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Thermodynamics: PPM, Volume, and time into leakage rate. Gas Laws, Helium

  1. Aug 31, 2011 #1
    An answer without a question.

    This is a question which is very relevant to my work. I wasn't sure where to post. I am an engineer and not an expert in the field of Thermodynamics. I have a sensor which works at atmospheric pressure and shows the concentration of helium in parts per million in the air.
    I have been given an undocumented/uncommented program which takes the change in PPM, the residual volume of a chamber and the time over which the PPM is changing. From this, it works out the Leak rate of an item in the chamber in Pam^3/s.

    The relevant code works out in maths as the following

    q=(V * rho<air>* (R*104) * 5863 * C ) / (2*1015)*M<air>*100*t)

    where:
    q= leakrate
    V=volume in ml
    rho<air>= density of air
    R is the universal gas constant
    C=concentration in PPM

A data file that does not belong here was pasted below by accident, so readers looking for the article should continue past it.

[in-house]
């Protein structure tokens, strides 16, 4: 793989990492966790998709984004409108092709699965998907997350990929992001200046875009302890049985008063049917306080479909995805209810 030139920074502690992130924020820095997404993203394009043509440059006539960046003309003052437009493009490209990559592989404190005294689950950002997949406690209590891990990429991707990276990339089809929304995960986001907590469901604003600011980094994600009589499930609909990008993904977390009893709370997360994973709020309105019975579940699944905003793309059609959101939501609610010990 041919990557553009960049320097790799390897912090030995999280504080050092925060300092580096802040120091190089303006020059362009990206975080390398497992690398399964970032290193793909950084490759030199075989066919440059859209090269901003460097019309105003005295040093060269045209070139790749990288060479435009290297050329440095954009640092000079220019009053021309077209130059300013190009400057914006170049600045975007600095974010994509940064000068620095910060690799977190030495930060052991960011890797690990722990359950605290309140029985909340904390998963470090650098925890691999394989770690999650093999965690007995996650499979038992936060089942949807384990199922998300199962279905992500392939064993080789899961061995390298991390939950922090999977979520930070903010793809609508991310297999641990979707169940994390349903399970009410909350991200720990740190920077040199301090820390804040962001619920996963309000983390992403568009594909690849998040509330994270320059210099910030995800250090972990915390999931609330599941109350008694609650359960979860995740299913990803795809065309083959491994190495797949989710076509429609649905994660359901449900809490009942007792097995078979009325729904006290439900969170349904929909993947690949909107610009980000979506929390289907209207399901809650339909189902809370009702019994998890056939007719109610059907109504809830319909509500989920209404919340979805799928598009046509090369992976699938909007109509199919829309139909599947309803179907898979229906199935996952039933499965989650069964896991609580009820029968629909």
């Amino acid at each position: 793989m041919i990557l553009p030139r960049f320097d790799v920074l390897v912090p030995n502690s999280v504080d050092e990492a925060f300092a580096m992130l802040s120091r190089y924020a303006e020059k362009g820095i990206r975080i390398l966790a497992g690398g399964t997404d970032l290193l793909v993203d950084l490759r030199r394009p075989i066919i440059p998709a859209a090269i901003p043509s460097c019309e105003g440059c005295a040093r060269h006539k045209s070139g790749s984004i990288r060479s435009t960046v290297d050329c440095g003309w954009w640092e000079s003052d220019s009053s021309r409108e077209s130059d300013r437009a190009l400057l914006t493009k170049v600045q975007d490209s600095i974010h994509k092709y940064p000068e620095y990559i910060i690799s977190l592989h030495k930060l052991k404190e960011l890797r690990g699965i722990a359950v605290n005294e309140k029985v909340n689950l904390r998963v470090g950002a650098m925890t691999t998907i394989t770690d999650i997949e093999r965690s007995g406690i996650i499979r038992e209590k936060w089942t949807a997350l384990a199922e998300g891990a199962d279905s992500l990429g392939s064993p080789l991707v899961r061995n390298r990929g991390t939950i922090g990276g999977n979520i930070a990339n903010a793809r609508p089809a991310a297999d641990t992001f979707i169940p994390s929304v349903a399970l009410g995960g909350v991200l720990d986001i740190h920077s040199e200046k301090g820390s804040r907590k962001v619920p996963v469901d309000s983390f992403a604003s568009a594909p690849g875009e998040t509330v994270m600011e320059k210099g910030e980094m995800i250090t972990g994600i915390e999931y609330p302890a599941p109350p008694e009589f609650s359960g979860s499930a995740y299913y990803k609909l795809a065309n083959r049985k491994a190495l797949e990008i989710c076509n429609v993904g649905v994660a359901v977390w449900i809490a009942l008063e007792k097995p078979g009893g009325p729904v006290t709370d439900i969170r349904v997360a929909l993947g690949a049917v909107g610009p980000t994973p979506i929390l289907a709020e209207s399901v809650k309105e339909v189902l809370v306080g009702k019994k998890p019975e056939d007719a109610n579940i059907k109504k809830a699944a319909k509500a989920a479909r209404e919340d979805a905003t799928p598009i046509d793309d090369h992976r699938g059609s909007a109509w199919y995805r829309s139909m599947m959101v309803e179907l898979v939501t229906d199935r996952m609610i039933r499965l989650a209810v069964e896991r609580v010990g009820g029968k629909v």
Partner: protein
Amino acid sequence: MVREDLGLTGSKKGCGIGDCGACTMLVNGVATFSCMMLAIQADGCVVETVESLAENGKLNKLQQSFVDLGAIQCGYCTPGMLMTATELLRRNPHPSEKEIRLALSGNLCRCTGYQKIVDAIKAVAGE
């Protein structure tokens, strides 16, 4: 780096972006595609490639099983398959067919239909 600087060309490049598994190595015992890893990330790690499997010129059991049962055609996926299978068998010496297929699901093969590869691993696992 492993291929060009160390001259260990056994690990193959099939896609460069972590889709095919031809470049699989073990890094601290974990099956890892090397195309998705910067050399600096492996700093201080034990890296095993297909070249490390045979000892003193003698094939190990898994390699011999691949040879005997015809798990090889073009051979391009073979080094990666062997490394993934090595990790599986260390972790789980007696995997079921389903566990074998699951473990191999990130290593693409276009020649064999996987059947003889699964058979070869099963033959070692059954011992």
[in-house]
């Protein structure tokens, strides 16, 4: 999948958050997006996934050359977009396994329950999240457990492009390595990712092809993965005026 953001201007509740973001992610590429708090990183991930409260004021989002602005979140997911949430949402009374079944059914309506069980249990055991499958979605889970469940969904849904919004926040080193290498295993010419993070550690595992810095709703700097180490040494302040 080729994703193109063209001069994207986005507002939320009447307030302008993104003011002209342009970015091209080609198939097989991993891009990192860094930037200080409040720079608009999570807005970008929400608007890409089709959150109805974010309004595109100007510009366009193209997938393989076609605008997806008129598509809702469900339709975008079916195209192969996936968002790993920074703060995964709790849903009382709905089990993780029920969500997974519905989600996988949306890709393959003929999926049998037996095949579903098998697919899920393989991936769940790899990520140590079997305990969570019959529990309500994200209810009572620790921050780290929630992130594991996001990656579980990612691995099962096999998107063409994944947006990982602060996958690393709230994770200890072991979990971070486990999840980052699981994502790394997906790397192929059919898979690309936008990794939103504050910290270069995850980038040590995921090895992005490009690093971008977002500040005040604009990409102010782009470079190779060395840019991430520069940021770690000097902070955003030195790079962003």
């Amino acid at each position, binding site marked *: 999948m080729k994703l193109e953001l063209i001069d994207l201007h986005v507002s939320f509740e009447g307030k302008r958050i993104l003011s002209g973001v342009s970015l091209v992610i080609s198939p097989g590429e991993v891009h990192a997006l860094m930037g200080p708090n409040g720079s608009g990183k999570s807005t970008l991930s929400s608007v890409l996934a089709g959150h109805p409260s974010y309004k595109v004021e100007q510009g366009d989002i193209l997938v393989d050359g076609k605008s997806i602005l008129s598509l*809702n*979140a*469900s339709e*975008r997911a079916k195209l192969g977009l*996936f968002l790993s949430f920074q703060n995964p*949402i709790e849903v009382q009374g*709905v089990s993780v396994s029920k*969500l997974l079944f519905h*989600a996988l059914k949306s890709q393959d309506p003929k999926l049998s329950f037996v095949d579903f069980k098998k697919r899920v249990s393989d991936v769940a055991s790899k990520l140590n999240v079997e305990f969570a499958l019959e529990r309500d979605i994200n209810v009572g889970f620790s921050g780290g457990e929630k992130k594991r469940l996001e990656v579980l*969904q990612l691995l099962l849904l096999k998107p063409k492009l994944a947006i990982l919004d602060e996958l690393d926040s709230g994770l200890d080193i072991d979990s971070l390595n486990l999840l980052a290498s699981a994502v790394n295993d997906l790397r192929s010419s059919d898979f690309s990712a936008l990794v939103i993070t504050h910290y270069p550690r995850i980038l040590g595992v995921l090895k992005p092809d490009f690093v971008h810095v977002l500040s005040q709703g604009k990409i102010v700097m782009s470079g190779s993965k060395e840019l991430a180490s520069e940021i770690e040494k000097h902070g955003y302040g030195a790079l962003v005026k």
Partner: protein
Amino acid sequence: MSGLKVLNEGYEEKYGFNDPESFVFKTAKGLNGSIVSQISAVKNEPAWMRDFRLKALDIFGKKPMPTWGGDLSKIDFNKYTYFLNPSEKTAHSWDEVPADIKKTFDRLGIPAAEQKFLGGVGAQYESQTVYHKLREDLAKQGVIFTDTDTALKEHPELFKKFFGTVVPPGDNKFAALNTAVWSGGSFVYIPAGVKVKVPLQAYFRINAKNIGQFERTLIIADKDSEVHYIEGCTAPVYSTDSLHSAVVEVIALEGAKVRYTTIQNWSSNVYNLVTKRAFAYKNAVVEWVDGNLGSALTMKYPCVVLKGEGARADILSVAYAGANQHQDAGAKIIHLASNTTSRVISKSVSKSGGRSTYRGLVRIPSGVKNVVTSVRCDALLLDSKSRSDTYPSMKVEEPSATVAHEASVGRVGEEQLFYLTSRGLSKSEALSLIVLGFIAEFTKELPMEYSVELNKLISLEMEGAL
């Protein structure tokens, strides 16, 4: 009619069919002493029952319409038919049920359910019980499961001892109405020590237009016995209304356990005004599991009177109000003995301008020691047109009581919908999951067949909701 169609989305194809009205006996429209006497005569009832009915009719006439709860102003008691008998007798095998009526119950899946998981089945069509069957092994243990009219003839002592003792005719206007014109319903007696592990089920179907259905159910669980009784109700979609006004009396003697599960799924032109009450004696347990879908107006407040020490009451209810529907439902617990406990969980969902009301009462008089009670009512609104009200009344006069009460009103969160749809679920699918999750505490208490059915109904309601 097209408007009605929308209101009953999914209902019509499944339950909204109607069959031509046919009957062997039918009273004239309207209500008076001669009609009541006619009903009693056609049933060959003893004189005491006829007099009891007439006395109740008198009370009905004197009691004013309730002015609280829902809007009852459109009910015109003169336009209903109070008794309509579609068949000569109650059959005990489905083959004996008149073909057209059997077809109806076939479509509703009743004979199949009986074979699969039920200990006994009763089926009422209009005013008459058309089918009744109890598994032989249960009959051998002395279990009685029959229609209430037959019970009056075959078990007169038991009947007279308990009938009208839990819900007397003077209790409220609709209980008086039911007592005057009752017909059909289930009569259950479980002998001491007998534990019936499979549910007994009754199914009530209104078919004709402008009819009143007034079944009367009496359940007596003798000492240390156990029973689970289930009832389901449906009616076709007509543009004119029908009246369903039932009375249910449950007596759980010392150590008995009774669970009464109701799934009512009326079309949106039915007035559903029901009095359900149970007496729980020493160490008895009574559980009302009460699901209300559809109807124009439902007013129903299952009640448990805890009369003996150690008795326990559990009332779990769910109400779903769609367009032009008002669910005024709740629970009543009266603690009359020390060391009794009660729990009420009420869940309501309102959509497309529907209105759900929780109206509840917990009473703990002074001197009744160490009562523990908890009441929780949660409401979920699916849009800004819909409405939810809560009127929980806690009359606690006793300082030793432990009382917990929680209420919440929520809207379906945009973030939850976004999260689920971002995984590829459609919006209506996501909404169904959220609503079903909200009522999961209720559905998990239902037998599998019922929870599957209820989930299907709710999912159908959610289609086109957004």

M<air>= the molar mass of air
    t=time in seconds that the linear increase in PPM is taken

    None of the constants were initially commented so I have remembered that some constants are rho<air>, R and M<air> from my elementary knowledge in thermodynamics.

    My problem is I have no Idea what the constants 5863; 2 quadrillion(2*1015) and 100 are for. I also don’t know why the UGC is multiplied by a factor of 104 but at least I know what it is.

    Basically I need to know how the program works to see if it needs any improvement. If anyone has any ideas was to what the constants are or what they relate to that would be a great help.
     
  2. jcsd
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